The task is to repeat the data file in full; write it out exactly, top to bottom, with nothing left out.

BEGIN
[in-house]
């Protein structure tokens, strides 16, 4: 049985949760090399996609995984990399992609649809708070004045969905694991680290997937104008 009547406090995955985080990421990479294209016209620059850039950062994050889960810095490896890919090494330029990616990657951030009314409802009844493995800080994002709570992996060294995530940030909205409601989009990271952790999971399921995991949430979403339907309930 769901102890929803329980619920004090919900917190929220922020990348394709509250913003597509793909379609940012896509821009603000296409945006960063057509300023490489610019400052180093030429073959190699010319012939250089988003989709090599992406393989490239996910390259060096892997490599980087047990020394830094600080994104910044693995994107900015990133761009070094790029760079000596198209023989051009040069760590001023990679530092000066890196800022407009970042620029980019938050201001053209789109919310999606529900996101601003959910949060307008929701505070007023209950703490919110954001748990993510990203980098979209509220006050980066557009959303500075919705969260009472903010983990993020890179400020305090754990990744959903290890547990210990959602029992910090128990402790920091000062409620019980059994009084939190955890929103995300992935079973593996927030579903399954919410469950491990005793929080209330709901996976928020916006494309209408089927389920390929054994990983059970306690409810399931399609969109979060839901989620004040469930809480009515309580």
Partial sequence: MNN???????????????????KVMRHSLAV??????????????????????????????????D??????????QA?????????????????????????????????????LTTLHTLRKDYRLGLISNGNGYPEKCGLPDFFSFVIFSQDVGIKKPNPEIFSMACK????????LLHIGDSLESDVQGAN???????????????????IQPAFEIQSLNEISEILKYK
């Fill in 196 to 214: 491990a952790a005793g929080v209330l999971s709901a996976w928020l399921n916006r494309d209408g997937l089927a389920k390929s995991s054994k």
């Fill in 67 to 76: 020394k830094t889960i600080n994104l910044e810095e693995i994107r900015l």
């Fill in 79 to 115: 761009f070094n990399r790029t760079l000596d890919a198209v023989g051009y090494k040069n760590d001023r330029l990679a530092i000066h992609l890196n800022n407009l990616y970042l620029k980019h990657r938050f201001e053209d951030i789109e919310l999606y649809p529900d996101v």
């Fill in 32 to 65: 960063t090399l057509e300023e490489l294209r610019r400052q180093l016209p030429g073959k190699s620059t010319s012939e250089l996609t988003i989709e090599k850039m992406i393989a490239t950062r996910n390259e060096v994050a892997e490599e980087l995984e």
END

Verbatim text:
[in-house]
């Protein structure tokens, strides 16, 4: 049985949760090399996609995984990399992609649809708070004045969905694991680290997937104008 009547406090995955985080990421990479294209016209620059850039950062994050889960810095490896890919090494330029990616990657951030009314409802009844493995800080994002709570992996060294995530940030909205409601989009990271952790999971399921995991949430979403339907309930 769901102890929803329980619920004090919900917190929220922020990348394709509250913003597509793909379609940012896509821009603000296409945006960063057509300023490489610019400052180093030429073959190699010319012939250089988003989709090599992406393989490239996910390259060096892997490599980087047990020394830094600080994104910044693995994107900015990133761009070094790029760079000596198209023989051009040069760590001023990679530092000066890196800022407009970042620029980019938050201001053209789109919310999606529900996101601003959910949060307008929701505070007023209950703490919110954001748990993510990203980098979209509220006050980066557009959303500075919705969260009472903010983990993020890179400020305090754990990744959903290890547990210990959602029992910090128990402790920091000062409620019980059994009084939190955890929103995300992935079973593996927030579903399954919410469950491990005793929080209330709901996976928020916006494309209408089927389920390929054994990983059970306690409810399931399609969109979060839901989620004040469930809480009515309580």
Partial sequence: MNN???????????????????KVMRHSLAV??????????????????????????????????D??????????QA?????????????????????????????????????LTTLHTLRKDYRLGLISNGNGYPEKCGLPDFFSFVIFSQDVGIKKPNPEIFSMACK????????LLHIGDSLESDVQGAN???????????????????IQPAFEIQSLNEISEILKYK
């Fill in 196 to 214: 491990a952790a005793g929080v209330l999971s709901a996976w928020l399921n916006r494309d209408g997937l089927a389920k390929s995991s054994k």
């Fill in 67 to 76: 020394k830094t889960i600080n994104l910044e810095e693995i994107r900015l």
């Fill in 79 to 115: 761009f070094n990399r790029t760079l000596d890919a198209v023989g051009y090494k040069n760590d001023r330029l990679a530092i000066h992609l890196n800022n407009l990616y970042l620029k980019h990657r938050f201001e053209d951030i789109e919310l999606y649809p529900d996101v």
């Fill in 32 to 65: 960063t090399l057509e300023e490489l294209r610019r400052q180093l016209p030429g073959k190699s620059t010319s012939e250089l996609t988003i989709e090599k850039m992406i393989a490239t950062r996910n390259e060096v994050a892997e490599e980087l995984e």